We plan to purchase puppets to educate youth on the coast of Ecuador about marine conservation. Coastal development and overharvesting are decimating commercial fish populations that many families rely on for income. The puppets will capture the attention of hundreds of kids and will spark an appreciation for nature, showing them that ecotourism and conservation can provide sustainable livelihoods. Extra funds will go towards Ceiba's education programs and teacher training programs.
What is the issue, problem, or challenge?
Marine ecosystems are constantly being threatened. Sea turtles and other bycatch are regularly caught in fishing nets, nesting habitat on beaches is being developed, illegal finning is decimating wild shark populations and fisherman are overharvesting. These actions are leaving no marine life for their children to catch, consume and sell as a source of income. If we don't acknowledge these issues now, ocean life will continue to be over-exploited to levels unable to be bounced back from.
How will this project solve this problem?
We will use puppets to educate youth on the impressive sea creatures seen and caught on the coast of Ecuador. The puppets will capture children's undivided attention and spark a deep appreciation for the marine life that their families depend on to live. We will also cover issues currently impacting the preservation of coastal habitats. Ecotourism is booming in these coastal cities, and our project will teach kids that conservation can be a sustainable way to make a living.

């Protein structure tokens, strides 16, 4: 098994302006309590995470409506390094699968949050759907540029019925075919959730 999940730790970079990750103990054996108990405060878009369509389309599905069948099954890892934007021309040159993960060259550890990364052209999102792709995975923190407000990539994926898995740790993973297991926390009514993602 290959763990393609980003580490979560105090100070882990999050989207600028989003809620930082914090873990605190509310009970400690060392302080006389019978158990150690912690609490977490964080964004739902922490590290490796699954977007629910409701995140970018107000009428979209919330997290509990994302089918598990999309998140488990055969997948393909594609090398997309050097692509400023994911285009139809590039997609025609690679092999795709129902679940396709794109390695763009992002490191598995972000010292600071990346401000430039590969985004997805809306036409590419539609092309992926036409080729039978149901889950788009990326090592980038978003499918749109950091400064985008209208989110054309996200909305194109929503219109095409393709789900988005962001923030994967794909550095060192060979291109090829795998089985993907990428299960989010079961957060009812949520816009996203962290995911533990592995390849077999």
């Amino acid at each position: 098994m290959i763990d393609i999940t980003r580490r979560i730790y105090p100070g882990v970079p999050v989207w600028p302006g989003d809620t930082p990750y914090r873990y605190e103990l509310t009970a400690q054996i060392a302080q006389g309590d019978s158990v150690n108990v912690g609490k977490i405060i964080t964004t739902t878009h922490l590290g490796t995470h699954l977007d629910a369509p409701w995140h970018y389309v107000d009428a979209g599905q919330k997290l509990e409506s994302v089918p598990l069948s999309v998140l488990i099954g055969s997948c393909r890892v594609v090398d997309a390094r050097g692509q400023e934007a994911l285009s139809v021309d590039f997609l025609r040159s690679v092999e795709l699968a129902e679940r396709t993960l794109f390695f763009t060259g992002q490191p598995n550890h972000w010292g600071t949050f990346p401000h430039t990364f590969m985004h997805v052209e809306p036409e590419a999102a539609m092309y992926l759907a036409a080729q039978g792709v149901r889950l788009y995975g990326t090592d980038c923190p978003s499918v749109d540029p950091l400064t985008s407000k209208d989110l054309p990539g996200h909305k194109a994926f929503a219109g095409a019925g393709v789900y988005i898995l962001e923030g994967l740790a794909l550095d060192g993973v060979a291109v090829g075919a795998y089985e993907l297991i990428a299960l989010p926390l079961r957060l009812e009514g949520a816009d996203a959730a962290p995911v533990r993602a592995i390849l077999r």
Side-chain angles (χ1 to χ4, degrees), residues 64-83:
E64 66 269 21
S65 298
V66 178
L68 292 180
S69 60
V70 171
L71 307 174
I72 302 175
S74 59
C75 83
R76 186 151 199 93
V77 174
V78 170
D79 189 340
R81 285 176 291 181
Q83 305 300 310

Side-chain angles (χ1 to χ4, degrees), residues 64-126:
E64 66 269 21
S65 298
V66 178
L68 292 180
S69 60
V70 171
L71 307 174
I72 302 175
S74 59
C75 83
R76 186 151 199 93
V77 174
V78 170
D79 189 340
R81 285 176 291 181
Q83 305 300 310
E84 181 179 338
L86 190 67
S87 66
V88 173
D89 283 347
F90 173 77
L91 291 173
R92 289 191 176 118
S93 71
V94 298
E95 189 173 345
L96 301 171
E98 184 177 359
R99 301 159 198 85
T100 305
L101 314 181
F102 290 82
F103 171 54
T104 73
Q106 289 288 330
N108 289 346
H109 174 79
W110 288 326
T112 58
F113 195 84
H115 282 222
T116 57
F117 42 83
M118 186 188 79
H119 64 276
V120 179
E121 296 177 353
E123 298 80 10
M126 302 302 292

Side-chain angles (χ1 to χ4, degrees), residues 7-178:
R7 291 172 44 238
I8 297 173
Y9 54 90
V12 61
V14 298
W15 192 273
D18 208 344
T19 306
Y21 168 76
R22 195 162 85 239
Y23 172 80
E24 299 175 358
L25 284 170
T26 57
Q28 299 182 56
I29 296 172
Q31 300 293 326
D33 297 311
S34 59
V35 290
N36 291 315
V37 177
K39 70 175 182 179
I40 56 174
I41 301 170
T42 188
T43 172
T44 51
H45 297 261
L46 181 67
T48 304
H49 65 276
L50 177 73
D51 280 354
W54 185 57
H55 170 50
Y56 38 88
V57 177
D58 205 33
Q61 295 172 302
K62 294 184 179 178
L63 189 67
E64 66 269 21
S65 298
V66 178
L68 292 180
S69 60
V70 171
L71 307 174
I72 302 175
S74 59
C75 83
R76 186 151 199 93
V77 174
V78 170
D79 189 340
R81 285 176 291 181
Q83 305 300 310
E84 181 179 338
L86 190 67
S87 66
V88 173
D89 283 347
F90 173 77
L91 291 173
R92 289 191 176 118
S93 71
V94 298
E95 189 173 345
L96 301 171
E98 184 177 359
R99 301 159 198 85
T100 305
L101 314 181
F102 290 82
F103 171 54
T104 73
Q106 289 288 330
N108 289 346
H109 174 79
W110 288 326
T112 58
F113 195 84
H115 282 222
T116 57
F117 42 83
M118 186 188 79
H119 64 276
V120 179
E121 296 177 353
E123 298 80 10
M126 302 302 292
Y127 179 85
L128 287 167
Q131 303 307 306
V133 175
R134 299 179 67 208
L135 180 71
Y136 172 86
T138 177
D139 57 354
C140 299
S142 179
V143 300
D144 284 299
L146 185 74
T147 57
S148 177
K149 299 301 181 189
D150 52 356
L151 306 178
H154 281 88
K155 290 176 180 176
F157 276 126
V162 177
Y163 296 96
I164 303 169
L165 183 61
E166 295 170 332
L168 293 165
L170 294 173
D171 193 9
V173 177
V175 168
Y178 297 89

Potential Long Term Impact
Teaching marine conservation and sustainable harvesting to the youth on the coast of Ecuador will influence their decisions about how they want to make a living. 800 children every year will be see conservation and ecotourism as a source of income and will forgo a tough career at sea fishing for declining populations of fish. Our project will reduce the number of fishing boats off the coast of Ecuador in the years to come, saving hundreds of marine species from near extinction.
This project has been retired and is no longer accepting donations.